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Notice how most responders list Bach as the best for hand independence but I think there are many different interpretations of hand independence and most of those listing Bach don't specify what they mean by HI. Doesn't Beethoven or Chopin or Debussy or Rachmaninov or etc. require hand independence?

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Originally Posted by weightedKey
does anyone have advice on how to best practice hand independency?

I do have exercises already (simple arpeggios and melody), but I wonder whether there are other things that help, too?

I assume it is essential to have a metronome running?
does counting the rhythm out loud help?
tapping the foot?
are there certain backing tracks that help sticking to the rhythm?

cheers

Though each hand must be synchronized with the other one, sticking to the rythm and HI are 2 different skills. For me HI is the ability for each hand to execute its own line, dynamics, phrasing, articulation while keeping it synchronized with the other. So in effect HI is not about independance but about synchronization ability.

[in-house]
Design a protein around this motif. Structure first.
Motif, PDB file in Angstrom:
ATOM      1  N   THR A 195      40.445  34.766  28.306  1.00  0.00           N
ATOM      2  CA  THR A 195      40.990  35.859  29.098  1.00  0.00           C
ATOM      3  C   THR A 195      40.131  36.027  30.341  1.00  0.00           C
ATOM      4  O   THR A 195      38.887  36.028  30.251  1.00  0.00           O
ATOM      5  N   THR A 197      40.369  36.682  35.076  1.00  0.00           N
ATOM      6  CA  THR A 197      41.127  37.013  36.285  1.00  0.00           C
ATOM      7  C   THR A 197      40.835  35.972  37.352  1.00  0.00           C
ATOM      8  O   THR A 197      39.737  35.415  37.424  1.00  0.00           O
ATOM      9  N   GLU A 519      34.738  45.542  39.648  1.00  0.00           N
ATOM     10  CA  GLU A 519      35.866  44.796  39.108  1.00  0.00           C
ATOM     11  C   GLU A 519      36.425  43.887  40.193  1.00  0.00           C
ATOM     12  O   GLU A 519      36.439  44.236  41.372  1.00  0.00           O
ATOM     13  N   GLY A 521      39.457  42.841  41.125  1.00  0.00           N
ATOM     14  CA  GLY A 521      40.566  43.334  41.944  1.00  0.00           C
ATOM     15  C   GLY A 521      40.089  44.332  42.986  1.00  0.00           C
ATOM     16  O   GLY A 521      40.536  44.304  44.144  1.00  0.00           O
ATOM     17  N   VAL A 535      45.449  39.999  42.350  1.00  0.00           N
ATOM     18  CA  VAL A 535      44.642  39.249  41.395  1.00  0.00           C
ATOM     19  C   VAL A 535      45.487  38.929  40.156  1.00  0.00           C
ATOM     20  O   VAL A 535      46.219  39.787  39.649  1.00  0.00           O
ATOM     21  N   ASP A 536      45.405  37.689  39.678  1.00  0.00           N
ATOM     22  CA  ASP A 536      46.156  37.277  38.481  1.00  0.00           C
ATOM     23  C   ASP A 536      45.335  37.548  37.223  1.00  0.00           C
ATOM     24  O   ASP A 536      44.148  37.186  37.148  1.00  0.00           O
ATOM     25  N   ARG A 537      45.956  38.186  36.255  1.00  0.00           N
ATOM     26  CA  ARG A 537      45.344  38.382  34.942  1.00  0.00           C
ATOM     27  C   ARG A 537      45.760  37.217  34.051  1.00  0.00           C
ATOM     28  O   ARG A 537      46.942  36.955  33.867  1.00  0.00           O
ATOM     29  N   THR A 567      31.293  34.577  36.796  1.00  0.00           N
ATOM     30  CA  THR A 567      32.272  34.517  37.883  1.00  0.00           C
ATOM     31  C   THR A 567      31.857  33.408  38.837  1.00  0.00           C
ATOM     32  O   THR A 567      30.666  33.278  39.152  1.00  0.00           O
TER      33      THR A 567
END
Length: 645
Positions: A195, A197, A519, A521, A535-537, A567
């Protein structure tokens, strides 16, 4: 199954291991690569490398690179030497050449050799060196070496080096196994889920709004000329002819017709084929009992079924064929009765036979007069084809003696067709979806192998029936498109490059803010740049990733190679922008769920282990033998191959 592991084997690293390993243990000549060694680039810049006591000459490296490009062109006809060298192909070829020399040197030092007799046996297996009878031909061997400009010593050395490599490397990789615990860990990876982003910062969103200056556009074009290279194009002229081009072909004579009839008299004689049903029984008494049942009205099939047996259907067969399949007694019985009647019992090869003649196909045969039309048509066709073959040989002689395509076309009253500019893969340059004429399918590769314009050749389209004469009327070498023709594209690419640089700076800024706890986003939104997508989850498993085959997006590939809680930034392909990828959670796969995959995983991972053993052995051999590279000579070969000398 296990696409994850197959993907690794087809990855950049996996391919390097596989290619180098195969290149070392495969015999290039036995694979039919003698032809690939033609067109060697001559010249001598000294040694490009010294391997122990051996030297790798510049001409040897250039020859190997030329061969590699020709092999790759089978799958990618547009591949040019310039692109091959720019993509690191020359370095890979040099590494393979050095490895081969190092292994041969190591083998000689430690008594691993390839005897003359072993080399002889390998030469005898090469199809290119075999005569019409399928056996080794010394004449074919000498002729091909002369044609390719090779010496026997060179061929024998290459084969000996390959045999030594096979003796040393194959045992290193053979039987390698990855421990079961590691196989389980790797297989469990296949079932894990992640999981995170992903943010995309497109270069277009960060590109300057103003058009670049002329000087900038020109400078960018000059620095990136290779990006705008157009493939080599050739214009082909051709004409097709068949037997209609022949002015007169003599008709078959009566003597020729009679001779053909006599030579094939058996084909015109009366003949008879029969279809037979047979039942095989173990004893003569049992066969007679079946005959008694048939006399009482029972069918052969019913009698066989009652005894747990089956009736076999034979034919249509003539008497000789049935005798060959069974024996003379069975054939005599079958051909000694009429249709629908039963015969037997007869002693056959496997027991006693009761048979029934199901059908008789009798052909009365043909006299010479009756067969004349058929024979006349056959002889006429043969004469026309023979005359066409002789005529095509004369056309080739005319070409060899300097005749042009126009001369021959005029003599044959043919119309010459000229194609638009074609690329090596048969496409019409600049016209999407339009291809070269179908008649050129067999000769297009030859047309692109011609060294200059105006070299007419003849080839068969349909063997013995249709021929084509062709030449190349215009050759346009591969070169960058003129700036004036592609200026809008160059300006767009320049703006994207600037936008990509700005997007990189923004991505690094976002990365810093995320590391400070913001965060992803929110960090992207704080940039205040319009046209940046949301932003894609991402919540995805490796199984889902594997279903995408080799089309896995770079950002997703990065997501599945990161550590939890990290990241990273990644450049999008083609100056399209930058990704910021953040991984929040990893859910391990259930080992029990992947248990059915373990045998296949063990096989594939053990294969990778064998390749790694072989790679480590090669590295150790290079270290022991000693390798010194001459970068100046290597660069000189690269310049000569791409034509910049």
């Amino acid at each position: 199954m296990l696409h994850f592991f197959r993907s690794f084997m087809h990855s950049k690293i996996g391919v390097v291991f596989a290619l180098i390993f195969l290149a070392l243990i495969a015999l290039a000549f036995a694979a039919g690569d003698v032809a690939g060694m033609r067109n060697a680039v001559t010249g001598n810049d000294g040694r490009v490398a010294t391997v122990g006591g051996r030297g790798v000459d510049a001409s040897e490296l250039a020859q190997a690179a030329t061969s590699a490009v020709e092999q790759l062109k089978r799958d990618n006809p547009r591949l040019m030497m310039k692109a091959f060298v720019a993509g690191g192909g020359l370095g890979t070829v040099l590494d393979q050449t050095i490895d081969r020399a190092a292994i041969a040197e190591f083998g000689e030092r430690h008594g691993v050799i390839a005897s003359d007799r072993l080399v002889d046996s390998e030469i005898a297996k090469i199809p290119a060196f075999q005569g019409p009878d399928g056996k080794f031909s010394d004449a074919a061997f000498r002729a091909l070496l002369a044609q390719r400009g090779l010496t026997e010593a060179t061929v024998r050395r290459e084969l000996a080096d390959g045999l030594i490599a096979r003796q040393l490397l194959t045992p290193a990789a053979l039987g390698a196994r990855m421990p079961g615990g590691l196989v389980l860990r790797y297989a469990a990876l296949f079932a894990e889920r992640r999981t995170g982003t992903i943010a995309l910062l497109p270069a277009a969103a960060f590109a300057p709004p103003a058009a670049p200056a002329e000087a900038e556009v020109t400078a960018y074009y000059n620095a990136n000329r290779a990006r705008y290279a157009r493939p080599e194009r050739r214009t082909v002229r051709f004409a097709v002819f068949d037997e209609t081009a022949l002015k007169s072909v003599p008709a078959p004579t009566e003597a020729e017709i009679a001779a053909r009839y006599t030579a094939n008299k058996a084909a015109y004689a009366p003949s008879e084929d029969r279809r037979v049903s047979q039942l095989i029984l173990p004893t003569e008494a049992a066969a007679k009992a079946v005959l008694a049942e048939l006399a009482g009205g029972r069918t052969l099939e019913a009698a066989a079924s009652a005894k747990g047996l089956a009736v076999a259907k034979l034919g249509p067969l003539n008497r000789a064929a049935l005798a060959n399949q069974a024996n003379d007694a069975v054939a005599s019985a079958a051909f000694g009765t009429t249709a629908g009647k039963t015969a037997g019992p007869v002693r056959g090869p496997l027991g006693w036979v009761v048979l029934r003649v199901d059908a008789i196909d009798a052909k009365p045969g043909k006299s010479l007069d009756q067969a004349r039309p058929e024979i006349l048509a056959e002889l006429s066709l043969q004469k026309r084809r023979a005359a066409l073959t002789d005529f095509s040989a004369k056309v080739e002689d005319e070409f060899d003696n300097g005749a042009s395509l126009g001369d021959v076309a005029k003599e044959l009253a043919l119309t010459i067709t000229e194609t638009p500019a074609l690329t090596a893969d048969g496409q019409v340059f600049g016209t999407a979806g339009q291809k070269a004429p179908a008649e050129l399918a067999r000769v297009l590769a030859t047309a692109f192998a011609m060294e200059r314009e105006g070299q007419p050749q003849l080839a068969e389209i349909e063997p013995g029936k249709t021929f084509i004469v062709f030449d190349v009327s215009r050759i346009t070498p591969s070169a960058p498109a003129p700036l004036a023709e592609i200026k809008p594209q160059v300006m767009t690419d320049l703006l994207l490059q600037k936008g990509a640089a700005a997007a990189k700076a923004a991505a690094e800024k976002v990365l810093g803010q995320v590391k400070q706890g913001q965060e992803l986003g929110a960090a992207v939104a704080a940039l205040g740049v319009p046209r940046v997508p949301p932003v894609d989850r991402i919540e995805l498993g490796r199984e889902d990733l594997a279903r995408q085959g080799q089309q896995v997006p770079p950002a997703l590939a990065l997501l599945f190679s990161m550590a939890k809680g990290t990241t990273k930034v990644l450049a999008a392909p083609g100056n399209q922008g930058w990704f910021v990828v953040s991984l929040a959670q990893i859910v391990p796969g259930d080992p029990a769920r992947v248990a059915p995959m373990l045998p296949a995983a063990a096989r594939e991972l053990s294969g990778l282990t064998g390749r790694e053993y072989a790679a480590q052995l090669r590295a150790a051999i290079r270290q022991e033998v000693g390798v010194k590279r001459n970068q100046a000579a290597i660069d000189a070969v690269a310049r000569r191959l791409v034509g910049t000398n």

In the beginning, i would stay away from complex pieces. The simplest is to practice HI with various scale exercices, for example legato one hand and staccato in the other. Or 2 to 1 rythm, in staccato, or one hand playing arpeggio and the other a scale. And any classical piece can teach you some form of HI, but i find that classical period music is particularly helpful, Diabelli, Dussek, Kulhau, Cimarosa, Clementi, .....


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Originally Posted by pianoloverus
Notice how most responders list Bach as the best for hand independence but I think there are many different interpretations of hand independence and most of those listing Bach don't specify what they mean by HI. Doesn't Beethoven or Chopin or Debussy or Rachmaninov or etc. require hand independence?